Posted on Friday, 8th February 2019 by

Print This Post Print This Post

I received my TSP 2018 Annual Statement this week and there was a short announcement about the Lifecycle (L) Fund changes on the backside of the Highlights sheet. The statement includes your total contributions, projected lifetime monthly annuity amount, fund and account performance statistics and more.

The TSP has begun adjusting the L Fund allocations differently with the intention of improving investment outcomes. Effective in January 2019 the L Funds will increase exposure to international stocks (the I Fund) from 30% to 35% of the overall stock allocation. Vanguard suggests, “To get the full diversification benefits, we recommend that you consider investing about 40% of your stock allocation in international stocks and about 30% of your bond allocation in international bonds.” 

Furthermore, the L 2030, L 2040, and L 2050 overall stock allocations will hold steady for a period of years before resuming their transitions from stocks to bonds. In addition to improving investment outcomes, this pause is intended to align the L 2030, L 2040, and L 2050 Funds with the L 2060 Fund, which will be introduced in 2020 with an initial stock allocation of 99%. You can track the quarterly allocation changes on the TSP site. 

Many retirees move to the L Income Fund to keep up with inflation with less risk. The L Income Fund stock allocation (C, S, and I Funds combined) will increase from 20% to 30% over a period of up to 10 years with a greater emphasis on international stock exposure. A financial adviser can recommend fund allocations that would best suit your personal situation.

Request a  Federal Retirement Report™  today to review your projected annuity payments, income verses expenses, FEGLI, and TSP projections.

The L Income Fund’s allocations prior to this change were 74% G, 6% F, 11.20% C, 2.8% S, and 6% I. This mix provided an 80% bond to 20% stock ratio. The L Income Fund allocations were fixed at these levels until the January 2019 change.

The shift started in January of 2019, the total bonds from the G and F fund decreasing below 80% and gradually move to 70% by 2028 as shown in the above chart. This move increased the stock funds to a total of 30% of fund assets.

Fund performance figures for the previous 12 months are listed in the TSP chart presented below. The only funds that increased in value were the L Income, L 2020, G and F funds. The G fund was the best performer during this period with a 2.94% gain followed by the F Fund with 2.39%. The L Income had a 1.44% gain followed by a .32% gain in the L 2020 fund. All others lost from 1.89% for the L 2030 Fund to a high of 12.11% for the International I Fund.

There are more TSP changes coming, including new withdrawal options and a major website makeover later this year.  Many new employees along with uniformed service members that elected the new Blended Retirement System (BRS) are participating in the program this year. We will keep you informed of these changes as they are implemented. This is a good time to assess your TSP allocations and contributions. If you are invested in the L Life Cycle Funds review how the new allocations will impact your investments.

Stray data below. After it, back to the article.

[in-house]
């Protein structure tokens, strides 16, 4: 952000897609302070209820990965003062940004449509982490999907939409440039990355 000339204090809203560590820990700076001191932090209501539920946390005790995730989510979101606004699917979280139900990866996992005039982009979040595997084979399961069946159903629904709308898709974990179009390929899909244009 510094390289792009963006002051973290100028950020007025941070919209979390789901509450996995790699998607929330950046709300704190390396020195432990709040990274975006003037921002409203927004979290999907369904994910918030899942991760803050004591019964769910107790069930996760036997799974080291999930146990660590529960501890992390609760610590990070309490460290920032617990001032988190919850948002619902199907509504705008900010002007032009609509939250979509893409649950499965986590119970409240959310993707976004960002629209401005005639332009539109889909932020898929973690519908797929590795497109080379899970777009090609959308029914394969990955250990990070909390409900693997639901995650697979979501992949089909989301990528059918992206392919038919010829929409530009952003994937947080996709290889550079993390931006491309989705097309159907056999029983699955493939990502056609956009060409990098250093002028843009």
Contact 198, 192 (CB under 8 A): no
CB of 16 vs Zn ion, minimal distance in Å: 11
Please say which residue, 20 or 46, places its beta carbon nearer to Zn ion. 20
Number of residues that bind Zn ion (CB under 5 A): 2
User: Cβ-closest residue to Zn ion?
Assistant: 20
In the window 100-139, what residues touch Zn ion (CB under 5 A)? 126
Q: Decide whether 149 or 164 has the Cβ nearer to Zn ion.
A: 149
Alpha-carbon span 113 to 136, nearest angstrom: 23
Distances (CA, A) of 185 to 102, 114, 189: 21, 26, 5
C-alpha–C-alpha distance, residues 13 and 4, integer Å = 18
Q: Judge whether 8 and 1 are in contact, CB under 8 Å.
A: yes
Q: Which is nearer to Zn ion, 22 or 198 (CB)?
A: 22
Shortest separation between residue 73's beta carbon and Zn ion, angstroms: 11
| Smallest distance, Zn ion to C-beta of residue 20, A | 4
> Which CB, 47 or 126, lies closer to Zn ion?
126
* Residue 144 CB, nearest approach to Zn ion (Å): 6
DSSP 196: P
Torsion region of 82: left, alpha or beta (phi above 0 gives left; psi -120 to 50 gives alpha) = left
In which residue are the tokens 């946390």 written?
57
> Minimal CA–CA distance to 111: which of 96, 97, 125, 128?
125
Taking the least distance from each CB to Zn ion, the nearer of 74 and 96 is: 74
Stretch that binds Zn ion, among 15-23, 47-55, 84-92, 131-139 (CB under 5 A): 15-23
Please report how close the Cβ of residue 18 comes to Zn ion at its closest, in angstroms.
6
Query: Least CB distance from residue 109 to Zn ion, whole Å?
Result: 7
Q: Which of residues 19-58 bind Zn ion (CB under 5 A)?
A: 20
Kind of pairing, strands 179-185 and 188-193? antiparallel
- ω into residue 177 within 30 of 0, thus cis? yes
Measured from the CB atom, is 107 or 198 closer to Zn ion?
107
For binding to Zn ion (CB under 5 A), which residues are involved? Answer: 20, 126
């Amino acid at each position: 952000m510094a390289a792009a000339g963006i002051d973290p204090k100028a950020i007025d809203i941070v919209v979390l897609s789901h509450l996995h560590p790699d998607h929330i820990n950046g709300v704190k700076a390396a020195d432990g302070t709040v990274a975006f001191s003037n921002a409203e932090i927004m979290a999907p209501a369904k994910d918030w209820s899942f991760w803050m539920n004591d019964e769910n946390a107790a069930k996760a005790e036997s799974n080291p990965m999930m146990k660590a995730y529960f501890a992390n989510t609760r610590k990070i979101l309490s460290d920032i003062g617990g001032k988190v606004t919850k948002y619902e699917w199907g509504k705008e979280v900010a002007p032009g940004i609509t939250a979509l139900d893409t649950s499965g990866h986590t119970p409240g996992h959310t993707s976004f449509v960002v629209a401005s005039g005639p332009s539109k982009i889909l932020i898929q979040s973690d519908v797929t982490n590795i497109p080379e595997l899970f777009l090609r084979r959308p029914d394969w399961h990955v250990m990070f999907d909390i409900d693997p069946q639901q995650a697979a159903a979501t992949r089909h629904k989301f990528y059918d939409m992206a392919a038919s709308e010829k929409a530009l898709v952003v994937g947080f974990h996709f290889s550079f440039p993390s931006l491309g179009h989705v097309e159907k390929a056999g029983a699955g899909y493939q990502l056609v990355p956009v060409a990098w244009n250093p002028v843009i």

Request a  Federal Retirement Report™  today to review your projected annuity payments, income verses expenses, FEGLI, and TSP projections.

Helpful Retirement Planning Tools / Resources

Distribute these FREE tools to others that are planning their retirement

Disclaimer: Opinions expressed herein by the author are not an investment or benefit recommendation and are not meant to be relied upon in investment or benefit decisions. The author is not acting in an investment, tax, legal, benefit, or any other advisory capacity. This is not an investment or benefit research report. The author’s opinions expressed herein address only select aspects of various federal benefits and potential investment in securities of the TSP and companies mentioned and cannot be a substitute for comprehensive investment analysis. Any analysis presented herein is illustrative in nature, limited in scope, based on an incomplete set of information, and has limitations to its accuracy. The author recommends that retirees, potential and existing investors conduct thorough investment and benefit research of their own, including detailed review of OPM guidance for benefit issues and for investments the companies’ SEC filings, and consult a qualified investment adviser. The information upon which this material is based was obtained from sources believed to be reliable, but has not been independently verified. Therefore, the author cannot guarantee its accuracy. Any opinions or estimates constitute the author’s best judgment as of the date of publication, and are subject to change without notice. The author explicitly disclaims any liability that may arise from the use of this material.

Last 5 posts by Dennis Damp


Print This Post Print This Post